External review of administrative decisions on the merits is an accepted part of the Australian administrative law landscape. Reforms made in the Commonwealth sphere during the 1970s included the establishment of the Administrative Appeals Tribunal, and lead to the creation and development of generalist and specialist review tribunals both in the Commonwealth and the States. Review of administrative decisions by an external, independent, tribunal which would have the power to substitute the “correct or preferable” decision was seen by the Kerr Committee in 1971 as the key to correcting “error or impropriety in the making of administrative decisions affecting a citizen’s rights.” The focus was on redressing individual grievances, and only incidentally in playing a role in improving administrative decision-making. By the time of the ARC Better Decisions report in 1995, improving the quality and consistency of agency decision-making was seen as one of four specific objectives of the merits review system, the others being providing the correct and preferable decision in individual cases, providing an accessible mechanism for merits review, and enhancing the openness and accountability of government.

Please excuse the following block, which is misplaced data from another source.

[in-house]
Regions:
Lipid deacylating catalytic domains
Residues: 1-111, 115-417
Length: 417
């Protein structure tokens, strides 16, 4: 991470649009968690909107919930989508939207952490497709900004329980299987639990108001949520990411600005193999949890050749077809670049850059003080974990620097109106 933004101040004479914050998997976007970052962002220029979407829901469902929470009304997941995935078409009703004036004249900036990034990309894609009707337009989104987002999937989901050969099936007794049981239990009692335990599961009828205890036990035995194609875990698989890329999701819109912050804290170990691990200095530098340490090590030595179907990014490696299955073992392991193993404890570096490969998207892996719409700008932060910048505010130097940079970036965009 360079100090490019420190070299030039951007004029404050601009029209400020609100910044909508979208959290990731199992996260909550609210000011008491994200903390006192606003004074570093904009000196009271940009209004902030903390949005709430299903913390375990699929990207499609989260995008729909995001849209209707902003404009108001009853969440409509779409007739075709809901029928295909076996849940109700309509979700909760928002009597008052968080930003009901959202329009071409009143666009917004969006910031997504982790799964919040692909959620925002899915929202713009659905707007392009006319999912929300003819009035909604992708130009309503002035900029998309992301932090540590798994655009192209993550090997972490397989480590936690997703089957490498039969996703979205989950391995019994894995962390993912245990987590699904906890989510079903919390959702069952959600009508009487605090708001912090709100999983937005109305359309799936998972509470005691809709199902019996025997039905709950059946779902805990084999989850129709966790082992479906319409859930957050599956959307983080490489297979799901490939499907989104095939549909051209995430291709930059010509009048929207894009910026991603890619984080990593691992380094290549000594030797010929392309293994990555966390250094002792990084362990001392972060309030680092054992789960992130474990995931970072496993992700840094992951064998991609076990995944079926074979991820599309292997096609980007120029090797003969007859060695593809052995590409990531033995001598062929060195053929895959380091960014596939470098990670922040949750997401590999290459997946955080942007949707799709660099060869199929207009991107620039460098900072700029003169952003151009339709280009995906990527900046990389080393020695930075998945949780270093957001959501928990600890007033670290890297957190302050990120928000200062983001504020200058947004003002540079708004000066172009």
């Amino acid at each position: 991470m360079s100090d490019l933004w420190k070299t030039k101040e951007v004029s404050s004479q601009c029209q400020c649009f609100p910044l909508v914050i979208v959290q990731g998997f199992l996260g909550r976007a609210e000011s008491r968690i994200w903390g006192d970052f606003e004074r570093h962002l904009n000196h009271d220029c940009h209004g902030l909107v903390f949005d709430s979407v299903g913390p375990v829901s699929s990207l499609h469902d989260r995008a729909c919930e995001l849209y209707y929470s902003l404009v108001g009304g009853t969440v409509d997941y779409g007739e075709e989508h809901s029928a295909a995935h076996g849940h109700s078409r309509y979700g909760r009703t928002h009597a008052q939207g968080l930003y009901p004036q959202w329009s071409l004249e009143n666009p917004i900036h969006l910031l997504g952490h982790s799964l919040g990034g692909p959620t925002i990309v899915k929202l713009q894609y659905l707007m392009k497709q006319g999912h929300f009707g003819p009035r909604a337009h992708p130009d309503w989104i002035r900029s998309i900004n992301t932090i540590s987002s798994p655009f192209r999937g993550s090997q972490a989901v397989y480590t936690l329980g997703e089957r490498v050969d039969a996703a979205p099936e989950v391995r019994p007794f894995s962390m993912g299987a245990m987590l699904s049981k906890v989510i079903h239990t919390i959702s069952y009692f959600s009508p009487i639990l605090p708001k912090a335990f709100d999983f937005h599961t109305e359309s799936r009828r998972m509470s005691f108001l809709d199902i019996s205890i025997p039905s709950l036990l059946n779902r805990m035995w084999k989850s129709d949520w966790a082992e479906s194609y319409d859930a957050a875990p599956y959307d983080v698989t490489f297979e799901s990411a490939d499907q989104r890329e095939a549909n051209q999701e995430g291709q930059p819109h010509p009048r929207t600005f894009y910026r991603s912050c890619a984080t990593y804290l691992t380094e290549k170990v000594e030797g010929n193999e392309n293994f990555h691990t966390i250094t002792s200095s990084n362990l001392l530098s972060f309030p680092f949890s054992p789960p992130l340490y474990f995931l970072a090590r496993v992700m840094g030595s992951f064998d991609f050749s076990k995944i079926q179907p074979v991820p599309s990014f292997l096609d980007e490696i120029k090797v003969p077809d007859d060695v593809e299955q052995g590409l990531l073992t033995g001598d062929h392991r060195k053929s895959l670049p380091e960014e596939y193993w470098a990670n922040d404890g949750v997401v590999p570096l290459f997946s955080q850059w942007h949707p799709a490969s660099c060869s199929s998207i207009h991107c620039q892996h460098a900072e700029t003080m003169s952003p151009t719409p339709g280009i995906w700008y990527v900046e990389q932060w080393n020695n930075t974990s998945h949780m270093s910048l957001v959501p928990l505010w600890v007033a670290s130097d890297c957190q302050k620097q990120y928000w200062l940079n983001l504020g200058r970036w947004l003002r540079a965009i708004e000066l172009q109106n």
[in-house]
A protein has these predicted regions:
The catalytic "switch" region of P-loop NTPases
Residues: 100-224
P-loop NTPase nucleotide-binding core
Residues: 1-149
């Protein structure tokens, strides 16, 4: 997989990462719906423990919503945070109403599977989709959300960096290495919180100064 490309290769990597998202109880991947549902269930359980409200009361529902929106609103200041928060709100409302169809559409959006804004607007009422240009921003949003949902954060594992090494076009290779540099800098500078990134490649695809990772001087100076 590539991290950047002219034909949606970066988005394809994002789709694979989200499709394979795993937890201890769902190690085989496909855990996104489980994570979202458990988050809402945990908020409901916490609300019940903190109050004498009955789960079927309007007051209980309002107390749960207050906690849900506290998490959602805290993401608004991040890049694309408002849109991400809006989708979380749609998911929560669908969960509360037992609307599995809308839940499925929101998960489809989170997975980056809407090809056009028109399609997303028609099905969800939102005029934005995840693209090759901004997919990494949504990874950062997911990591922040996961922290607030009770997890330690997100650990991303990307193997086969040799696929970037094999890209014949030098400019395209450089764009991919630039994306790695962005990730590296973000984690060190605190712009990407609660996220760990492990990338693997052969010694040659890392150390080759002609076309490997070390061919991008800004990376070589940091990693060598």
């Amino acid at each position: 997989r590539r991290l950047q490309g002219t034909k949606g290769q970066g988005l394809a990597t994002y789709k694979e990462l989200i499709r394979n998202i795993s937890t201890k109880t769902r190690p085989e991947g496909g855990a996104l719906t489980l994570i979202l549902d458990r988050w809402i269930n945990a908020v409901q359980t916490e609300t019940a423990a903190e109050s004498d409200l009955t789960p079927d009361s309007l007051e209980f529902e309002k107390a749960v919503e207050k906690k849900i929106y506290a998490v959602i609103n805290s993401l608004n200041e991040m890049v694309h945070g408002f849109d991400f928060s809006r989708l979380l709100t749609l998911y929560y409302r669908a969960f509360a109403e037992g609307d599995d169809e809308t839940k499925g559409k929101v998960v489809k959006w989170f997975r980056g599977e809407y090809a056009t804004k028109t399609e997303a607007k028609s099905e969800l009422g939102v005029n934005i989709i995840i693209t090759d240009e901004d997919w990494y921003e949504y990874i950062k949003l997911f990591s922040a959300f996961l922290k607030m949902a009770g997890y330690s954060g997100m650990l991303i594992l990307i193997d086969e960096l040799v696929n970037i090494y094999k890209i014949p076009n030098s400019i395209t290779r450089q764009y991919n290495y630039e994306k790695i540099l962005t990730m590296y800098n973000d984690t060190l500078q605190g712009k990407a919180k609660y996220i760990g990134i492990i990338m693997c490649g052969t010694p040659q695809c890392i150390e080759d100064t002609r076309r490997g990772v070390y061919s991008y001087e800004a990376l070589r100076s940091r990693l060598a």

This paper raises three questions for consideration. First, why are we concerned about the impact of external tribunal review, whether on an individual level or on administration more generally? Second, what do we mean by “impact”, and how might we measure it? Third, what do we know about how agencies respond to tribunal review decisions?
Date of this Version
Linda Pearson, "The Impact of External Administrative Law Review: Tribunals" (August 2007). University of New South Wales Faculty of Law Research Series. Working Paper 53.